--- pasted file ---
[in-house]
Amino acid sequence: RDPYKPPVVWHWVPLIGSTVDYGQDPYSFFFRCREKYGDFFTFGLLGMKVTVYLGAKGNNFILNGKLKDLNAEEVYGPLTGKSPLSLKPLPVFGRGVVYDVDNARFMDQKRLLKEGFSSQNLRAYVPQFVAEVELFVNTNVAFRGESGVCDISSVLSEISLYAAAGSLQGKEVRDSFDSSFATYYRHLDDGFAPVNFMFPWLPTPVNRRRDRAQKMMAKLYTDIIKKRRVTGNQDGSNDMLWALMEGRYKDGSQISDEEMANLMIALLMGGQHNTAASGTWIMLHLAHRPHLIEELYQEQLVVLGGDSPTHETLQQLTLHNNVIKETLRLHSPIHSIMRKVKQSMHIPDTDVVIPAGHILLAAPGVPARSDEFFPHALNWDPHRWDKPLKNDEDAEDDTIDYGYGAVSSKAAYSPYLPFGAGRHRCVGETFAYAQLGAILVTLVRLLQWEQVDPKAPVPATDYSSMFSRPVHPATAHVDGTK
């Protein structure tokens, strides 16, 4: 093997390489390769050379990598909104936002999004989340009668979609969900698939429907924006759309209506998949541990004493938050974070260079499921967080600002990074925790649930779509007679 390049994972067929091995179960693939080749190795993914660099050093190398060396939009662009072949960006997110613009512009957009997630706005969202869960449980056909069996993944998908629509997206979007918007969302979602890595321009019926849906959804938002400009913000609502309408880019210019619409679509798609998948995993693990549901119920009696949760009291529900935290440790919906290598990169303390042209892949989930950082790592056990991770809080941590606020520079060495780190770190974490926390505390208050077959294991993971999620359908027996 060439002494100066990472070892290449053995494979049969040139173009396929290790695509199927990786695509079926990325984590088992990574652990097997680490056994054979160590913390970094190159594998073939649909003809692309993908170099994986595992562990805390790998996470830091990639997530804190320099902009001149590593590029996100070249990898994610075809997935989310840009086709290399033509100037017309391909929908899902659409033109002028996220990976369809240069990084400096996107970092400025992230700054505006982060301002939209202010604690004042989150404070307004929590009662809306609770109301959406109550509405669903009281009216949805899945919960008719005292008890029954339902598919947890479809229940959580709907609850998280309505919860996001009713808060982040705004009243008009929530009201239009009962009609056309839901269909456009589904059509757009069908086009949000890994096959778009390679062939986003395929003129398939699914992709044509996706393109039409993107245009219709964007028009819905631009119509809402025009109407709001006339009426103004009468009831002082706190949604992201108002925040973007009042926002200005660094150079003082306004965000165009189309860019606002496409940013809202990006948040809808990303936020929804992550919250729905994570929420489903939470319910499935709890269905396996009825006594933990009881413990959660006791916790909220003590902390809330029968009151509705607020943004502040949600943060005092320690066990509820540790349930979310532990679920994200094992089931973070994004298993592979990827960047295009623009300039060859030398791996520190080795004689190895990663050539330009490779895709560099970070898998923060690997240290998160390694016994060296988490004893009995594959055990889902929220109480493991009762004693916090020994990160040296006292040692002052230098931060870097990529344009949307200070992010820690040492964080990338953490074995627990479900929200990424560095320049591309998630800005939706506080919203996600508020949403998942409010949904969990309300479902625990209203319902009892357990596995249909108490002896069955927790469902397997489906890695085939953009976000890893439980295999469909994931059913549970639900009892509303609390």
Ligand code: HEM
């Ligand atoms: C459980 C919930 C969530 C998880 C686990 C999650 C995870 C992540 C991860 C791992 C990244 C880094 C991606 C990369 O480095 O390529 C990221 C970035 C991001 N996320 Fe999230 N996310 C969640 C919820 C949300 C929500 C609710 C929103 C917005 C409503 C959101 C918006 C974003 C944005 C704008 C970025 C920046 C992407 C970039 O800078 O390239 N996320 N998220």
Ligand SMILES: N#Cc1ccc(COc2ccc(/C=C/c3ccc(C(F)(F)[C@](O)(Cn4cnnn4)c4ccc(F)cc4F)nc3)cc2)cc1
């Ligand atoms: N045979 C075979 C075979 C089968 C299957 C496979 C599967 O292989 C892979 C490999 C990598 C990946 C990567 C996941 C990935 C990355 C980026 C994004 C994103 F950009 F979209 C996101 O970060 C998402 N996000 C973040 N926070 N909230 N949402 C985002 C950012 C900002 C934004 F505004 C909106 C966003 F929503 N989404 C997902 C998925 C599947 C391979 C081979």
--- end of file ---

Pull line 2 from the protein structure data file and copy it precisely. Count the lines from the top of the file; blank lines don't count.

Amino acid sequence: RDPYKPPVVWHWVPLIGSTVDYGQDPYSFFFRCREKYGDFFTFGLLGMKVTVYLGAKGNNFILNGKLKDLNAEEVYGPLTGKSPLSLKPLPVFGRGVVYDVDNARFMDQKRLLKEGFSSQNLRAYVPQFVAEVELFVNTNVAFRGESGVCDISSVLSEISLYAAAGSLQGKEVRDSFDSSFATYYRHLDDGFAPVNFMFPWLPTPVNRRRDRAQKMMAKLYTDIIKKRRVTGNQDGSNDMLWALMEGRYKDGSQISDEEMANLMIALLMGGQHNTAASGTWIMLHLAHRPHLIEELYQEQLVVLGGDSPTHETLQQLTLHNNVIKETLRLHSPIHSIMRKVKQSMHIPDTDVVIPAGHILLAAPGVPARSDEFFPHALNWDPHRWDKPLKNDEDAEDDTIDYGYGAVSSKAAYSPYLPFGAGRHRCVGETFAYAQLGAILVTLVRLLQWEQVDPKAPVPATDYSSMFSRPVHPATAHVDGTK